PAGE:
Henson talked to Andy Starr at Hillborn before selecting the throttle bodies. Starr told him Hillborn had sold 11 of that model in the last five years and that Henson had bought eight. Starr is hoping he sells a bunch more! Since this was a pilot build for hardware that Henson hopes to package for other engines, he figured out a number of different ways to run linkages to the Hillborns.

The Nailhead uses a cogged belt drive off the front of the plenum with  tensioners. The throttle linkage is in the back and runs through the center of the plenum, so it actuates the throttle plates on both sides. The same setup can be routed out the back, so that both sides are separate and operated by a linkage. Return springs are incorporated in turret barrels mounted below the throttle bodies on both sides of the engine and the spring pressures are adjustable.

The Whipple 2.3L supercharger came off a kit for a 6.0L Chevy truck engine. Whipple has since changed the design for Mustangs and other late-model muscle cars. However, the bolt pattern on the back is the same, so Guy’s parts will bolt to any newer Whipple. The market niche he really wants to serve is hot rod versions of the Ford 4.6 and 5.4L Modular V8s.

With the Ford Modular V8, the stock cams will work if you degree them a little differently. The cams will accommodate the proper amount of boost and give you the most affordable hot rod engine you can imagine. And it will look great hanging out both sides of a car with the right “goodies” mounted on top of it.

In the ’50s and ’60s, factory pistons in hopped-up Nailheads tended to break. Buick used a “skeleton” piston with a hollow area above the wrist pin for expansion. They were designed for a big, heavy car with a two-speed transmission that never exceeded 3,000 rpm. A modified nailhead that’s revved up when cold will break pistons. Henson used custom Ross Racing pistons because he likes to run 8.5:1 compression compared to the factory 10.25:1.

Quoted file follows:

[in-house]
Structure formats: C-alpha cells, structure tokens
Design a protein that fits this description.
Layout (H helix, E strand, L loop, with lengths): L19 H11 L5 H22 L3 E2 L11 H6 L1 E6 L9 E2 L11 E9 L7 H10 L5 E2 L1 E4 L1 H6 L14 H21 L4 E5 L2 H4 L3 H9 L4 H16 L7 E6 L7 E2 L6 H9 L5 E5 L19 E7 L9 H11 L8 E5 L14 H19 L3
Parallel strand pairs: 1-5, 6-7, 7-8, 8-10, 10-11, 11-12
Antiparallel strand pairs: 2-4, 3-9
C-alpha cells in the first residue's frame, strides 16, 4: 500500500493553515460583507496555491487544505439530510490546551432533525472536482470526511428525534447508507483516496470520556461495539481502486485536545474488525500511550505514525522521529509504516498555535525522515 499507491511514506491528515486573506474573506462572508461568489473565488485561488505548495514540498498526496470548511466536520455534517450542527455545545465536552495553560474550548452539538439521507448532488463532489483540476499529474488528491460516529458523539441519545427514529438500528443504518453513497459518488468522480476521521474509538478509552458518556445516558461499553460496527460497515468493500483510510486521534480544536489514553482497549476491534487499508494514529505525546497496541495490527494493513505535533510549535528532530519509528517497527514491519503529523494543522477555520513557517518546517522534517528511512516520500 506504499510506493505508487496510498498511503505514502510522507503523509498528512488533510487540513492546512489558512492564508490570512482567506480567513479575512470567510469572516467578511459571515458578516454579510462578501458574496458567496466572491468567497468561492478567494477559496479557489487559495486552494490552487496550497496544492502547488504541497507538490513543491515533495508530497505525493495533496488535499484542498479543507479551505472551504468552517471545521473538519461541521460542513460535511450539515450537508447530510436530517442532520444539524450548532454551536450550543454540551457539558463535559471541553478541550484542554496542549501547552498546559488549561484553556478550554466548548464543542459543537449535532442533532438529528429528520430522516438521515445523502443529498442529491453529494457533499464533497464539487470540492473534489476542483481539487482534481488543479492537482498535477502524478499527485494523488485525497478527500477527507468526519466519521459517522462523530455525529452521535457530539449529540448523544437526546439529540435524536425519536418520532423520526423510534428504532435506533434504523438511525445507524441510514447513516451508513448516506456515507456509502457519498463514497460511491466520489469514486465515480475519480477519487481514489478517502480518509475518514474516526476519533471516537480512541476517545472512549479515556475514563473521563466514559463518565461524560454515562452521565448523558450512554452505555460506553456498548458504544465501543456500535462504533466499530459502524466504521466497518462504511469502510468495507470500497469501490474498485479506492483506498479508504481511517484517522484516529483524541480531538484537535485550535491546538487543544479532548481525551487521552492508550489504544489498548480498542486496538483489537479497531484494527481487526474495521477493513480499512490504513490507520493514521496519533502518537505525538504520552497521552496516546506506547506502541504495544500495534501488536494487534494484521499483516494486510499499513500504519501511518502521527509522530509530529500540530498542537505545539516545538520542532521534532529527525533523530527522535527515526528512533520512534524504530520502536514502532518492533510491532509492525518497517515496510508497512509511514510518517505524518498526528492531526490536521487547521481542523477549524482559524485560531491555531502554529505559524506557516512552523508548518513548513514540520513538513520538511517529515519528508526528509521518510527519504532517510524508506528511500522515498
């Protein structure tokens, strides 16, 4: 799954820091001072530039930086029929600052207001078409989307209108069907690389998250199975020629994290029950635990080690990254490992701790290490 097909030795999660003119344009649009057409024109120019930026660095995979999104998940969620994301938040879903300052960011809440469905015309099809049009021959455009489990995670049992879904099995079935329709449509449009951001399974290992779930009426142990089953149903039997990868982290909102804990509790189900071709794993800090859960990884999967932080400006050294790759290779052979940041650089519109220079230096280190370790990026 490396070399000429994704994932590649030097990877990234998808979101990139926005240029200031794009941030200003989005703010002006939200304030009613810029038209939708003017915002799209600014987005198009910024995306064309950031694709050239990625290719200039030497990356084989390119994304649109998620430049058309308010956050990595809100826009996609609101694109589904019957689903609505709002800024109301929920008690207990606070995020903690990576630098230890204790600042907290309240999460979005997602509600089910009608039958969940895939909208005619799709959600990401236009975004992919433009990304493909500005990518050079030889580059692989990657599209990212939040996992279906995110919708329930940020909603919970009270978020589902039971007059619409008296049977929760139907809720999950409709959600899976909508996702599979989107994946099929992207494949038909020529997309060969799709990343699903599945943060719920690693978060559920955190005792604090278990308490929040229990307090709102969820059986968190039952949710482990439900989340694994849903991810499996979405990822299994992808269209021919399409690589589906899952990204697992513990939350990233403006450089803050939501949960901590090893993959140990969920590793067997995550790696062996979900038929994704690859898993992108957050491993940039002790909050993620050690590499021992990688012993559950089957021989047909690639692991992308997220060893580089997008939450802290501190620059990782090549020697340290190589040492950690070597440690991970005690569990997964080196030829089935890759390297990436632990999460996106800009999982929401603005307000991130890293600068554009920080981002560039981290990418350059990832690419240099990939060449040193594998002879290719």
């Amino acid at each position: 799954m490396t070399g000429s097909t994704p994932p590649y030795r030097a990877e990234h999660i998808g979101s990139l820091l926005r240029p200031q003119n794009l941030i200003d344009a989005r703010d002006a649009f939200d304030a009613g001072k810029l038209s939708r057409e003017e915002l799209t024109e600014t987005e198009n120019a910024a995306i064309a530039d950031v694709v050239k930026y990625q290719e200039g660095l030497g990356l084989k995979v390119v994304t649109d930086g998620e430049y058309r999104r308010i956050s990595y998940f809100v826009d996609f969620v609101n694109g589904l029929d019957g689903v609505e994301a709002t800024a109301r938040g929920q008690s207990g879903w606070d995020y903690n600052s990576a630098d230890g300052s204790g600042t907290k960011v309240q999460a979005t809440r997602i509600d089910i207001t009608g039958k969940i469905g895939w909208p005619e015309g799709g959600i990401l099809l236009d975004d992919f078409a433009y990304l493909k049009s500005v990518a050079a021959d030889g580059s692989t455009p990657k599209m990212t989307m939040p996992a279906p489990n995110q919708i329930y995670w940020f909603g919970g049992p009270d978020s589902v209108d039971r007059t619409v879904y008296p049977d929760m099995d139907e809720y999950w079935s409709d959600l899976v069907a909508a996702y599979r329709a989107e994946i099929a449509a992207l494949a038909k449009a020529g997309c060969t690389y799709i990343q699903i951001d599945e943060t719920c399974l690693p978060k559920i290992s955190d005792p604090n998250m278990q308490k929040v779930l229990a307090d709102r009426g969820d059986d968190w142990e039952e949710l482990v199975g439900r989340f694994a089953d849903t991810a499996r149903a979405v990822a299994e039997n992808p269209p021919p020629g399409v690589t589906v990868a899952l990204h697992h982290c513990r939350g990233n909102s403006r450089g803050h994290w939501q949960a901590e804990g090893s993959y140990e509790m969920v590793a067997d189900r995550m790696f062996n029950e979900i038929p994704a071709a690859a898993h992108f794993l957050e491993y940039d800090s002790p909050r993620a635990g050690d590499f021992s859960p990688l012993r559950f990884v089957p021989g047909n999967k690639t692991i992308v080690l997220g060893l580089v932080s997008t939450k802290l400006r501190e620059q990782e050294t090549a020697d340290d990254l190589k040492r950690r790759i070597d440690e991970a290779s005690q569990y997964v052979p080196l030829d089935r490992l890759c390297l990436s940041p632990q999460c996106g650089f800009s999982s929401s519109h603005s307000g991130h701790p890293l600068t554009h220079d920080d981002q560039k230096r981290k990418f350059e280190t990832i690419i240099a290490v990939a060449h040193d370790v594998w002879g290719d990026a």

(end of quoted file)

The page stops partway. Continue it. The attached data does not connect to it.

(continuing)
Guy prefers the lower compression ratio and flat top or dished pistons in the nailhead’s huge 125cc combustion chambers. He feels that with 413  cubes, his engine fills such a large volume of space that compression can go too high.

“If I build some monster that no one can drive, I’ll hear about it,” says Henson. “I learned long ago to design something that I can tune to behave for the customer. The trick with any engine is to move more air through it, because it’s an air pump. The more efficiently you can mix the fuel into it, the better it will perform. I design for efficiency and horsepower is just a by-product.”

In initial dyno testing, the Nailhead hit its boost on the bottom and measured eight pounds of boost in the plenum. Henson plans to open up restrictions in the plenum to increase airflow. The dyno test produced 460 lbs.ft. of torque, so Guy expects to wind up with about 350 hp and 580 lbs.ft. of torque when the engine is dialed in. The low-end torque is so high that when combined with the six-speed Tremec transmission it’s going to purr down the road. The car owner will basically be going on engine alone when he’s running down the road.

Henson’s long-range plan is to manufacture and market the setup used on the Nailhead for Ford Modular V8s and any other engines that a Whipple supercharger will bolt to. The Buick engine has really become his prototype. And it’s the innovative approach to business survival that typifies today’s successful engine builder. 

The following two tabs change content below.
John Gunnell
John “Gunner” Gunnell is a freelance automotive writer and owns Gunner’s Great Garage, a restoration shop in Manawa, WI.